Obv your ds may be doing a very different type of engineering & it may be difficult all the way through but my gut feeling would be to see how the end of year exams go first.

Andfaraway Sun 07-Feb-16 18:54:40

Very sensible advice decorhate It's what I say to my students all the time (in a completely different area).

The problem is, that today's schooling practices don't encourage the resilience and determination that a tough university course needs.

bluerosey Sun 07-Feb-16 19:10:21

He is quite enjoying the course. He feels chuffed when he does well in something. However, I think he feels a bit of a knock to his confidence when he does below standard in other topics.

He seems to be settling pretty well to uni life but probably does need to adjust to workload. He was told on applicants day by a student on the course that his course was a lot more work or so it seemed than some other courses.

My concern is - if the steep learning curve is like this all the way through, he could become stressed. I want a balance for him between tough challenge and feeling like he can succeed. A little stress is good but not if he becomes overwhelmed and on an occasion that is how he felt. Overall, though, he really wants to try.

He feels very proud to have got onto this course. Definitely, we will wait to see how he does in summer but also we need to have plan Bs if it does not work out.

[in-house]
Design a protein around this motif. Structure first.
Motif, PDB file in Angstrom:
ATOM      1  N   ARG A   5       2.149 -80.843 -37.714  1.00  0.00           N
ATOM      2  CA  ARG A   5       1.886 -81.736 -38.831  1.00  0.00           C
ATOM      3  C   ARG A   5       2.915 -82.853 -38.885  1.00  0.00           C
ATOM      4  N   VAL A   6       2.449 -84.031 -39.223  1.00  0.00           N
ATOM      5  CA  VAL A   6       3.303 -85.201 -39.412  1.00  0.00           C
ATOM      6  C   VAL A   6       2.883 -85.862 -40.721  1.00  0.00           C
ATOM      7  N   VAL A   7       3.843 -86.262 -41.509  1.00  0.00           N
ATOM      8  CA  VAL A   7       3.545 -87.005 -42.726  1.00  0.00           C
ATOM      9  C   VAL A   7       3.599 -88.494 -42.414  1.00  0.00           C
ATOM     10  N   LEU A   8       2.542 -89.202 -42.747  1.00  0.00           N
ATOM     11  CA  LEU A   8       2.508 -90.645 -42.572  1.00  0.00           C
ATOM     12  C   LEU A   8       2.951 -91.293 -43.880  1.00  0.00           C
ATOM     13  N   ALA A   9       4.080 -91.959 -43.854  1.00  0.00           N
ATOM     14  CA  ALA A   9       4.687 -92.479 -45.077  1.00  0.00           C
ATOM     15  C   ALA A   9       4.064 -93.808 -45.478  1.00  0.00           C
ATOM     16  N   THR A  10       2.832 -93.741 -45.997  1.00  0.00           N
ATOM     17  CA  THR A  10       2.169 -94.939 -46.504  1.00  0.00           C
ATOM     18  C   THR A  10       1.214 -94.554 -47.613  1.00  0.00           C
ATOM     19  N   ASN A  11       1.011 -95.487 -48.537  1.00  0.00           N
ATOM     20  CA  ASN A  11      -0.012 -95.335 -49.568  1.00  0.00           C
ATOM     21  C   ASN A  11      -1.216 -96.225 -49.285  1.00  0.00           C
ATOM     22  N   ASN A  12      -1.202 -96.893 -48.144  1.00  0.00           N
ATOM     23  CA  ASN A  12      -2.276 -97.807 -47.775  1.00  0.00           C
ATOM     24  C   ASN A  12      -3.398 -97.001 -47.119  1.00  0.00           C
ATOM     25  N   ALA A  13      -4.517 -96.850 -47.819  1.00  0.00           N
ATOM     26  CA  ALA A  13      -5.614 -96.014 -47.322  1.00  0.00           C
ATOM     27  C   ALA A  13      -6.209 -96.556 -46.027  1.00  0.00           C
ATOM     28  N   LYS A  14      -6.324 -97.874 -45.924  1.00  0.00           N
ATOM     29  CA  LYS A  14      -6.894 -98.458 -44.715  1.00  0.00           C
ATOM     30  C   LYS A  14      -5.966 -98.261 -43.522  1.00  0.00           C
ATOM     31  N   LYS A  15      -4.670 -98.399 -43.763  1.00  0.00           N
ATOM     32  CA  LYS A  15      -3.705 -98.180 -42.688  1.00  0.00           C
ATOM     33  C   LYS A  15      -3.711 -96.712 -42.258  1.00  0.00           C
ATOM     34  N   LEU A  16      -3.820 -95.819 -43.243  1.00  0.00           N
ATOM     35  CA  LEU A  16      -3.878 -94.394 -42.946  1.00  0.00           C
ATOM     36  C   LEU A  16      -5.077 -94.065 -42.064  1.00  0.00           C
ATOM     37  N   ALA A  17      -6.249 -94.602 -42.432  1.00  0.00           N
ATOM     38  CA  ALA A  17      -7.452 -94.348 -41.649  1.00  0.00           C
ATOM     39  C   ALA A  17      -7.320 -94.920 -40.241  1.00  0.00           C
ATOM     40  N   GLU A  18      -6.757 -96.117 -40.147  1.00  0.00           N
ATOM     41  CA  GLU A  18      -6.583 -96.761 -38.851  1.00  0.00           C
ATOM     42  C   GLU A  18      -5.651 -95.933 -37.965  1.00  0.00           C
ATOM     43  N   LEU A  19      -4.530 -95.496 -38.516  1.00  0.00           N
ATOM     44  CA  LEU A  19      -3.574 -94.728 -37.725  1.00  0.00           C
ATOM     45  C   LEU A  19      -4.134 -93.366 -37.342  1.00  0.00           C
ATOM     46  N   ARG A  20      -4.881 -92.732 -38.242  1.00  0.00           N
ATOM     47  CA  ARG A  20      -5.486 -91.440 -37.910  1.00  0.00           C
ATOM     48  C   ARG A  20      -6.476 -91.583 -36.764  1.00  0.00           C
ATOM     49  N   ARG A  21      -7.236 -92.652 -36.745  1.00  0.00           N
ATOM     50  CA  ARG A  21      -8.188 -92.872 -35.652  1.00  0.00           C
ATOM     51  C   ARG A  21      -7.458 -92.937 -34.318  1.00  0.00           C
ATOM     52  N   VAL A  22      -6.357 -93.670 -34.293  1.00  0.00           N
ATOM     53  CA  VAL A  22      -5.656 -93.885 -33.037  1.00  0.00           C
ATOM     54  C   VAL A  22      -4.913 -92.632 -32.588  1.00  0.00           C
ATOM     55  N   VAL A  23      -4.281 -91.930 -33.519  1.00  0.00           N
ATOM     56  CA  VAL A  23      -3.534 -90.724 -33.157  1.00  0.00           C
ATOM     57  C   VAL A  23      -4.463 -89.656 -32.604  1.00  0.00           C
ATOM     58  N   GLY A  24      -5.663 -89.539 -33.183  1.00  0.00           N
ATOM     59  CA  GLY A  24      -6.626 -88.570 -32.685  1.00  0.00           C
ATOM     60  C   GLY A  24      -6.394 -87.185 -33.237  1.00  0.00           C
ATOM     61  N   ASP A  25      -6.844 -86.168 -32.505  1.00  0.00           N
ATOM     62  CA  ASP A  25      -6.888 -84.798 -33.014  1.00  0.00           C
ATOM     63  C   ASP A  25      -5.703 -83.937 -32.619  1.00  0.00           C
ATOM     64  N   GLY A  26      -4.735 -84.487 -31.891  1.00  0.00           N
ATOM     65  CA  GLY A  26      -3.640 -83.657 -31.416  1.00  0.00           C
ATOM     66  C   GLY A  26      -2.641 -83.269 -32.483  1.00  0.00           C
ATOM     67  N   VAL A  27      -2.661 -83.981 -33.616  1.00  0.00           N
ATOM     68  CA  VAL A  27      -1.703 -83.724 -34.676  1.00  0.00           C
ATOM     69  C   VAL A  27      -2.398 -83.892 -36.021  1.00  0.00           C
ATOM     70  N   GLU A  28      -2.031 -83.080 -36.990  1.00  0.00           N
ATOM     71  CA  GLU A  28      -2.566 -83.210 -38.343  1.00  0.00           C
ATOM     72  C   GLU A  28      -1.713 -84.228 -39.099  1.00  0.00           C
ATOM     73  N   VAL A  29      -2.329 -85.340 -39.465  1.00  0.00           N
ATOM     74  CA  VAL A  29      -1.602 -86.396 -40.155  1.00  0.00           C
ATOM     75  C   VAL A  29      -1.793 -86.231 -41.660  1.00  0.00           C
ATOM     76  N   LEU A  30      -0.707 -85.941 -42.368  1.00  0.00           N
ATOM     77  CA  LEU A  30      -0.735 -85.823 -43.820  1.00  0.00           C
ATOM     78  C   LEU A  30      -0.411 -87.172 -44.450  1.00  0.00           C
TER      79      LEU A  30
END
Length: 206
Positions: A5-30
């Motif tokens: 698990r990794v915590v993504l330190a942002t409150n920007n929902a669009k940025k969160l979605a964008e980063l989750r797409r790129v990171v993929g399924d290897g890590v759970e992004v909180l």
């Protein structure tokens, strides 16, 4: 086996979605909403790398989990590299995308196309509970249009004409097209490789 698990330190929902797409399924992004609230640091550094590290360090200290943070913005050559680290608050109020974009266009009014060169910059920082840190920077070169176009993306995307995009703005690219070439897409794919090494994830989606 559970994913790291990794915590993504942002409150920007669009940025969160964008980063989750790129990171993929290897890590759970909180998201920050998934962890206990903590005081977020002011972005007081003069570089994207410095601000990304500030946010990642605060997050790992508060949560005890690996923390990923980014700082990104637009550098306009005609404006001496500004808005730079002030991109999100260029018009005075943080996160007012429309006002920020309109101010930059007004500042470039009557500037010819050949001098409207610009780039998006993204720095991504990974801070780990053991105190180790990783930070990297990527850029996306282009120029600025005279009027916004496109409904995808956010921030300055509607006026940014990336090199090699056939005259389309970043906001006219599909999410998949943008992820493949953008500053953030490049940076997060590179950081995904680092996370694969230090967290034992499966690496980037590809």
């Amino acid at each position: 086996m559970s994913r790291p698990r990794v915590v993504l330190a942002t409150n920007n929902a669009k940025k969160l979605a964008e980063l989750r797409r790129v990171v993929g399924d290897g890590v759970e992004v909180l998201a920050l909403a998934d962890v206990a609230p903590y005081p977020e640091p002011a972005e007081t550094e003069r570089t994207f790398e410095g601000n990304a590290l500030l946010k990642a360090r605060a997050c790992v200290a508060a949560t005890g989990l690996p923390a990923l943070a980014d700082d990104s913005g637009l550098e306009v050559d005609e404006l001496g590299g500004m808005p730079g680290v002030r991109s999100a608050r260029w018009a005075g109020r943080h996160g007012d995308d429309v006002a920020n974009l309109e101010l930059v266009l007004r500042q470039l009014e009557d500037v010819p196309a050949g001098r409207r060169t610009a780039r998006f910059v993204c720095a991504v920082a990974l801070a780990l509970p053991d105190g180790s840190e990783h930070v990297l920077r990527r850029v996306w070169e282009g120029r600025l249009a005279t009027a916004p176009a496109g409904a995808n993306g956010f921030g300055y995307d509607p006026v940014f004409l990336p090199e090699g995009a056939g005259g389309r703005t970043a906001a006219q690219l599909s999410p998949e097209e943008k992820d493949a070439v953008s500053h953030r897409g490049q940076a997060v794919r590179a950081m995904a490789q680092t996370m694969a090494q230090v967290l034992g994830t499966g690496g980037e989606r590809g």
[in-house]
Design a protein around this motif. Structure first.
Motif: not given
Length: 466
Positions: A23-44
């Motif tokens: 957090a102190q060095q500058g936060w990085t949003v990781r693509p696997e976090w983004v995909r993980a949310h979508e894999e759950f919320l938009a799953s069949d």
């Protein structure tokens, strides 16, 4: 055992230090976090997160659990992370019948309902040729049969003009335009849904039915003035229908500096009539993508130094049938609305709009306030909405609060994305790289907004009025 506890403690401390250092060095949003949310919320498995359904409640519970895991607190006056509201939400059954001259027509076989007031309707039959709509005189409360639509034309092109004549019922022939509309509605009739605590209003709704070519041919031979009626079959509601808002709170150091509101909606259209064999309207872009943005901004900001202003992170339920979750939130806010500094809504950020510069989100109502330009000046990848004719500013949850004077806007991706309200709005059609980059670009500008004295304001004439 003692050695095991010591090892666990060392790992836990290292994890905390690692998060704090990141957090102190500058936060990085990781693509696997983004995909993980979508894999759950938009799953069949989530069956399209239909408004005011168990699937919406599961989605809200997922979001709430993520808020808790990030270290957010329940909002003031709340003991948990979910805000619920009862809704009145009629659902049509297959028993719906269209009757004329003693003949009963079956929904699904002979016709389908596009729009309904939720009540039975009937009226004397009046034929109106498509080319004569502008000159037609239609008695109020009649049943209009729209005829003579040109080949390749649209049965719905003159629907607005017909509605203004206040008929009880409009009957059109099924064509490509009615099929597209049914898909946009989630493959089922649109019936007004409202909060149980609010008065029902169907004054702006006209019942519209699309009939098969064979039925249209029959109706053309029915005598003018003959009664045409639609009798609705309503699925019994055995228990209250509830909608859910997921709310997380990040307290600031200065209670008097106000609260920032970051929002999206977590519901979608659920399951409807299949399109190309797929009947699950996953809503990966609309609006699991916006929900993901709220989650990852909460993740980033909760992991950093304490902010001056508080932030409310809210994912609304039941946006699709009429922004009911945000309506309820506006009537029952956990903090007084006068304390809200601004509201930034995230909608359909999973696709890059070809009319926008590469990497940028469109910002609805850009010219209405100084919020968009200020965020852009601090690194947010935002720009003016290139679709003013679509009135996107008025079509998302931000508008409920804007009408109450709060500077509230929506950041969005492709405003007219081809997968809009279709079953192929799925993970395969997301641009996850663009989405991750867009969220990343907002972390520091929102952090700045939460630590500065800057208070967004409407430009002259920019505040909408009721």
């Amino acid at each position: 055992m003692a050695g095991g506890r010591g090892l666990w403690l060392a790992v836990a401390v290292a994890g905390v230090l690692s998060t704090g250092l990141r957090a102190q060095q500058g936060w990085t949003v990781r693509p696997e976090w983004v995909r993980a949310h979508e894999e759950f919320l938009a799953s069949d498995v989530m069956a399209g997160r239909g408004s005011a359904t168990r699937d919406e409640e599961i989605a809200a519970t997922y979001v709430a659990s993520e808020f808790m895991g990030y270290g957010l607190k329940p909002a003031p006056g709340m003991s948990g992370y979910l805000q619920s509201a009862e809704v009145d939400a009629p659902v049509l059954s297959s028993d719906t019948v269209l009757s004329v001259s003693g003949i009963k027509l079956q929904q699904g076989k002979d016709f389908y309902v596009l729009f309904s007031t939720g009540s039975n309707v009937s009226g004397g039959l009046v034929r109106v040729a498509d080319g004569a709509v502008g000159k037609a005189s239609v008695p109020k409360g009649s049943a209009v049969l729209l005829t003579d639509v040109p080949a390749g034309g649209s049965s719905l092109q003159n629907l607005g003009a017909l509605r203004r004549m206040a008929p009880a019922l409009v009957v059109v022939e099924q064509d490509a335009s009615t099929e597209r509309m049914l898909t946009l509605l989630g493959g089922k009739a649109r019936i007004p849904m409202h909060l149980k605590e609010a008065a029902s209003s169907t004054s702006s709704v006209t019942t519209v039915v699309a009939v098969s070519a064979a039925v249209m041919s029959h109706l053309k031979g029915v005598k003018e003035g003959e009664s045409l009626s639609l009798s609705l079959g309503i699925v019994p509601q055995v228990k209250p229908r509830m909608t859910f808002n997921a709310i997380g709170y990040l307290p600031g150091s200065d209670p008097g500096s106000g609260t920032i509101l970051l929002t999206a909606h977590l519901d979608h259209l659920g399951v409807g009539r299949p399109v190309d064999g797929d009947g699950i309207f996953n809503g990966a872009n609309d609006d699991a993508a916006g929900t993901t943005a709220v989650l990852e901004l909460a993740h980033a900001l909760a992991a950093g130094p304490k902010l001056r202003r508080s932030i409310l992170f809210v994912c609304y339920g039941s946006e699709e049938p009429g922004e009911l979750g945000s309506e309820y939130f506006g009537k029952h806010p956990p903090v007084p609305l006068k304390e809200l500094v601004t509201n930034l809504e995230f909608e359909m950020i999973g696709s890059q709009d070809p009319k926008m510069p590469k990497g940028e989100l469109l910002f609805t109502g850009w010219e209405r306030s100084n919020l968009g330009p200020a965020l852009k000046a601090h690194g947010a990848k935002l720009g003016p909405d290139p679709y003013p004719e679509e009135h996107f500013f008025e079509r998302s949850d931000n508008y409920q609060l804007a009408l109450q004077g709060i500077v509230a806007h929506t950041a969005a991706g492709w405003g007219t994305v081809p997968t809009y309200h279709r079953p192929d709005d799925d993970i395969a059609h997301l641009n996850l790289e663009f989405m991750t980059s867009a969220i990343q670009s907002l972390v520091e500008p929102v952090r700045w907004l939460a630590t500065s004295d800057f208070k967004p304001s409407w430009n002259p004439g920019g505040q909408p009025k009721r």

Getting it right at uni is really important - particularly these days with cost, you can only really do it once.

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Andfaraway Sun 07-Feb-16 19:14:30

However, I think he feels a bit of a knock to his confidence when he does below standard in other topics

What does he feel is "below standard"? Sometimes students feel anything less than a First is a "fail". As long as he's passing and getting marks between 47 and 55, I don't think you should worry.

bluerosey Sun 07-Feb-16 19:45:33

His results are varied - so that is why we worry. From 40% to 90%. We are awaiting January exams - two have gone well, the two hard ones we don't know yet.

Hopefully, it will be okay.

However, we need to monitor and he will need to seek advice if grades are not what he wants - he is reasonable in his expectations.

I take hope from up thread that 1st year results can be lower and students can improve. A friend on a Morse course ( Have I spelt that correctly?) is doing much better in Year 2. Mother's theory was: Maths based courses take a bit longer for students to get their heads around. Not sure if this is anecdotal.

We hope !